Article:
October 4th, 2010

How Harassment Hurts

If you are looking for more info on sexual harassment, see here

The emotional and psychological scars of sexual harassment run deep. One victim, Tessa* reveals her struggle to cope and how she contemplated suicide after two incidents of harassment.

“Imagine talking to people whom you think you can trust. You feel dirty, and the days are passing by in a surreal haze. They tell you, do not be angry, do not be upset. Think positive! Nothing bad will happen; you are just being symptomatic, and your fear and anger are indicative of that,” Tessa tells AWARE what people told her, conveying the difficulty she faced when everyone around her told her the harassment was all in her head, and she was making a big deal of nothing.

“They told me I do not need to take any extra measures to keep myself safe,” Tessa continues. “And to just go back to living life like I had, previously. Only things would never be the same again.”

Tessa was harassed by two different men, both of whom propositioned her for sex.  In the first incident, the man threatened to rape her. In the second, another harrassed her verbally, even though she outright rejected his advances and was clearly uncomfortable with the situation. The harassment incidents occurred within four months.

Tessa was told over and over that the two men did nothing to her; and that she was making a mountain out of a molehill. That if she went to the police, they couldn’t do anything anyway. Here, in her own words, Tessa tells AWARE how she found her way through a very dark time.


I thought that nobody understood me. I even stopped talking to my doctor. He referred me to a psychologist, who, too, was at a loss as to with what to do with me. In the psychologist’s opinion, I had no reason to be traumatised. I continued to get worse. I was cheered when I saw the her taking notes diligently while I told her my story. But after summarising the main points, she disposed of her handwritten notes. I was devastated —I thought that her notes could be a record of events that I could use to protect myself if the necessity came up, but now that the notes were gone…

I blamed myself for the harassment, and hated myself for it. I felt like a shell; and as though my body had been objectified for the pleasure of men. I would hide, I reassured myself. I would hide myself so that they wouldn’t be able to find me. I would hide myself so that I would be safe. I became depressed.

Four months in, I resolved to kill myself. My world had shrunk to days spent absently staring out into space or watching television. I could hardly string sentences together. I was failing at a job that I had so prized just a couple of months back. My depression had dragged on for months, and the end was nowhere in sight. I could only see myself being a burden to others, and taking my own life seemed like the best option at the time. And so, one night in July, I attempted to take my own life.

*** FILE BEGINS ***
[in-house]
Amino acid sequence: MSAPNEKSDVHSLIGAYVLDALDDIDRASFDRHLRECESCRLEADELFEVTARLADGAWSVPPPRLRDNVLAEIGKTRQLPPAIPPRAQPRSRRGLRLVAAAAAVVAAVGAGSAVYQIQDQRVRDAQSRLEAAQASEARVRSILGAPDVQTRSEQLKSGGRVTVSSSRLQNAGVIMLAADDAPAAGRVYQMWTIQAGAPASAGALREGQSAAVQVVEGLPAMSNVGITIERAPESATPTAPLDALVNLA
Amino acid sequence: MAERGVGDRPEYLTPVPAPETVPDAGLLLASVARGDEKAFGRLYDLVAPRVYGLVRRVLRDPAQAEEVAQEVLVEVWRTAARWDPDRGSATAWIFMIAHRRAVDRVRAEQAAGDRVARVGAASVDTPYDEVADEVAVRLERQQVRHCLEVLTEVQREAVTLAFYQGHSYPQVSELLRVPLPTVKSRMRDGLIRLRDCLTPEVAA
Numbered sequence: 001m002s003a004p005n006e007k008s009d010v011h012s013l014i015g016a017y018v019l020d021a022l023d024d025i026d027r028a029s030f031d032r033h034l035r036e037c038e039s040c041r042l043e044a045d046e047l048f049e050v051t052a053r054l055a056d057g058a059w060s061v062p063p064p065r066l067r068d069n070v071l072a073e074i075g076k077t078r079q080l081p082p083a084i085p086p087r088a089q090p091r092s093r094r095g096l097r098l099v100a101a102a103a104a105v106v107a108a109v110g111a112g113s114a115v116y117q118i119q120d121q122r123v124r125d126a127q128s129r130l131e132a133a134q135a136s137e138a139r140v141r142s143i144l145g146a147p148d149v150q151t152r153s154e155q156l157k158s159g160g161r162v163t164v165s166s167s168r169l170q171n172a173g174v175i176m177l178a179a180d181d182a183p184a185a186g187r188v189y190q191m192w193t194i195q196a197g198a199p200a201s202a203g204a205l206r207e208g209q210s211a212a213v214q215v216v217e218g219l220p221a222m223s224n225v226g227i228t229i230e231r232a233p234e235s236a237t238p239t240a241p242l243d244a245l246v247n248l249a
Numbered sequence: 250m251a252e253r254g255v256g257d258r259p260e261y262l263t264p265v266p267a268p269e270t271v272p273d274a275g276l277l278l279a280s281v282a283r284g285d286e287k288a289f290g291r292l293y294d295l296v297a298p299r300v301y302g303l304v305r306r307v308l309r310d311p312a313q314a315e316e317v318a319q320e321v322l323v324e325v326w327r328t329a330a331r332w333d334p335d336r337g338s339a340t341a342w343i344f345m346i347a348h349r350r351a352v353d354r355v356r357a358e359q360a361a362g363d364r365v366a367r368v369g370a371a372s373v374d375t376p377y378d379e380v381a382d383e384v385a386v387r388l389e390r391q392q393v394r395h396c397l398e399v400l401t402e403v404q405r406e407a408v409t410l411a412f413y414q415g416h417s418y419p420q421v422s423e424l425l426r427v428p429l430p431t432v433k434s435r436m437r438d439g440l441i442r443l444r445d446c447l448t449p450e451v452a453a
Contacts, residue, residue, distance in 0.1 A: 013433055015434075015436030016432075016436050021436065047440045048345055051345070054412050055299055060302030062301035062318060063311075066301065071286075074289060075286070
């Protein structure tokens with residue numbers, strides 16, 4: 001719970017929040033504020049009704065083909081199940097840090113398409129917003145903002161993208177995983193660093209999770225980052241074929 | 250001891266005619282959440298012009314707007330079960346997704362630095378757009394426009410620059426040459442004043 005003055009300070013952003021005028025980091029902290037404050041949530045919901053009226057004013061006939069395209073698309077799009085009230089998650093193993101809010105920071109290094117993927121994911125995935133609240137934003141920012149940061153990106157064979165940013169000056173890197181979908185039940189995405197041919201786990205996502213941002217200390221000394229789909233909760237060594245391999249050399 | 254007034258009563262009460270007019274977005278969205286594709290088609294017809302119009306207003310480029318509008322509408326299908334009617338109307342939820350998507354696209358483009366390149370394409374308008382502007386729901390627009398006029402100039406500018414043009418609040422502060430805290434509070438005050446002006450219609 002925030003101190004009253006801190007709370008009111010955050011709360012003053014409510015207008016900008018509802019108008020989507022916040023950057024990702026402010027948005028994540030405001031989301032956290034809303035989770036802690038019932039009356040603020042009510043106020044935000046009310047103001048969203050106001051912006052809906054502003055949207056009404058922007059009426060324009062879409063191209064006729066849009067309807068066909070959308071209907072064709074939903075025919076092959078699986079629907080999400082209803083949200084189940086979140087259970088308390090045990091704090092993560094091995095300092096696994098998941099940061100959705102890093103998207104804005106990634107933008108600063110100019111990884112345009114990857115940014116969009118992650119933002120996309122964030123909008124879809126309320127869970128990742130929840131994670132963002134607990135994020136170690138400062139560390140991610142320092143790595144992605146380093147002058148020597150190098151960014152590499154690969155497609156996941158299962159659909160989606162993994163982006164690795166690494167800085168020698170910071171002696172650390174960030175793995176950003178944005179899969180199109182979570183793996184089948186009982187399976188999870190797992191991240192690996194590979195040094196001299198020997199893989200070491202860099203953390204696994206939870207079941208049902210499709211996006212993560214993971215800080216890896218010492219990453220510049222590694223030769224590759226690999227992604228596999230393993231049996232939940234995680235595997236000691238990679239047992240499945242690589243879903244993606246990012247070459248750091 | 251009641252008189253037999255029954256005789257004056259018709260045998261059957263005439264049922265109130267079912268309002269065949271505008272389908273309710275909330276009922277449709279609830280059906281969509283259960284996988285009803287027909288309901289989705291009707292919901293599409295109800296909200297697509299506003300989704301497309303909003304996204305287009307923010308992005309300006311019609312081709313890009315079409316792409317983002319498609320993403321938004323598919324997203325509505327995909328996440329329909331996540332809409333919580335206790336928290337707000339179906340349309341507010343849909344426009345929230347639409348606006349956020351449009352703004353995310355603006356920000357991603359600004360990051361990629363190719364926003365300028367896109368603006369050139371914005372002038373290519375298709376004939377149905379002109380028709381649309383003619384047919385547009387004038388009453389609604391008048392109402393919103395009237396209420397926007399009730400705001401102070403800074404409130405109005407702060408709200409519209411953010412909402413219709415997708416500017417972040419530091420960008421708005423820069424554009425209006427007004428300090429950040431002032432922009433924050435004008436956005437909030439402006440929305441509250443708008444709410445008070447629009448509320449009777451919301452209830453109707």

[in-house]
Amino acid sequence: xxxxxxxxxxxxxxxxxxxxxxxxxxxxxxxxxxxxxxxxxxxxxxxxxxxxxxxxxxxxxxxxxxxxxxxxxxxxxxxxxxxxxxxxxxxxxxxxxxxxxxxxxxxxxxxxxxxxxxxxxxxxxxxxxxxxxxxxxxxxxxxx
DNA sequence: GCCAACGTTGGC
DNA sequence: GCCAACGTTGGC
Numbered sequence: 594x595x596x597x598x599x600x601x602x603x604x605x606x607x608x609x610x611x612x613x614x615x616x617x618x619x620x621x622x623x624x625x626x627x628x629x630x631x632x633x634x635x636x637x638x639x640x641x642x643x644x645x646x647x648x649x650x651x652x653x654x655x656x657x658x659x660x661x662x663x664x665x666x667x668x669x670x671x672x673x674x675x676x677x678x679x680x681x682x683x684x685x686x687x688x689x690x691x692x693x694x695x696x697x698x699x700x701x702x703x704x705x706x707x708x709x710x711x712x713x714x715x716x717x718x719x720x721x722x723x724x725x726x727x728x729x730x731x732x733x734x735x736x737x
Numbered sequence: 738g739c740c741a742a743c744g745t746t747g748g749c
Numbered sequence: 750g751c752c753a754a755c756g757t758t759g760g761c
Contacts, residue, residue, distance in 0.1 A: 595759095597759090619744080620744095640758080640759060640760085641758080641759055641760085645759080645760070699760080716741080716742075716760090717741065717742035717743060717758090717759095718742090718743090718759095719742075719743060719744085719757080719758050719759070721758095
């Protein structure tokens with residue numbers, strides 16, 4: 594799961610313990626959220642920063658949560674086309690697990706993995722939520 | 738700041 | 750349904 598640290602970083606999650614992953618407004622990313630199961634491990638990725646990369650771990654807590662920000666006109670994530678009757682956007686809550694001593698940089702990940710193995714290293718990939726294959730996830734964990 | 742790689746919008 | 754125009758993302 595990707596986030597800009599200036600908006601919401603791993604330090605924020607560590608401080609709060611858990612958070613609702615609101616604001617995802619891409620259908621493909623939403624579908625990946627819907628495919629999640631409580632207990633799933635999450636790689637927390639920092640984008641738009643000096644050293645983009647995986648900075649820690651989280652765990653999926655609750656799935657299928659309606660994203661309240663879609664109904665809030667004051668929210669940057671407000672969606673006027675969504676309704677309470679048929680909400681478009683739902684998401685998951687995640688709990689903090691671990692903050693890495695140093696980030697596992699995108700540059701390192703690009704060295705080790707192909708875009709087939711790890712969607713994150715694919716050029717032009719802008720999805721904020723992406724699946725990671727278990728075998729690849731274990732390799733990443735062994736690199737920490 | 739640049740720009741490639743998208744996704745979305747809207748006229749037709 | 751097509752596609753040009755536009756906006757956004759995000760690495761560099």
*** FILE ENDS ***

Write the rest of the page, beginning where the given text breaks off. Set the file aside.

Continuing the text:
I was lucky. I survived. But I was far from healed. One day, I made an appointment to see another psychologist. During the first session, I once again related the events that had brought me to his office. I thought that he would, like all the others, tell me that I was making a big deal about nothing. I braced myself, fully expecting that he would just dismiss my pain. Thankfully he was different.

“Tessa, do you know what this is?” he asked me. This is sexual harassment. You can report them to the police.” I can still remember the indignation in his voice with absolute clarity and the directness of his gaze as he said it.

Caught completely off guard, I sat in silence while I absorbed the implications of his statement. In my mind, there was a growing buzz: You mean—you mean I have a right to be angry? You mean they had no right to do that to me? You mean people will support me if they ever act on their words.

It was with those words that I slowly started the process of healing. I had a right to feel angry with them, dislike them for what they had done to me. I was not, as the psychiatrist had asserted, narrow-minded. I was simply traumatised…

The entire experience taught me that sexual harassment is not acceptable, and no one should be made to feel that being treated this way is all right.  Women like me have a right to feel violated after being sexually harassed.

Looking back now, I understand first-hand why it’s so important to raise awareness of the problem of sexual harassment and changing society’s attitudes towards it. Advocacy like this really does have the ability to save lives.  I know it certainly saved mine.

*Not her real name. Published with permission.

Victims and friends of victims of sexual assault are encouraged to call AWARE’s Helpline at 1800-774 5935. We have a team of experienced counsellors and legal advisers to assist in and advise, and provide a listening ear.


  1. Annie Ang

    This is an important piece. I cannot believe the psychologist was so flippant about it.

  2. buiqes

    youre absolutely right annie. its so sad how people are so dismissive in their attitude towards sexual harassment. i have so many friends who were faced with this but had no one to support them and were told they were making a big deal out of nothing. they just end up leaving the job and these bullies move onto the next target!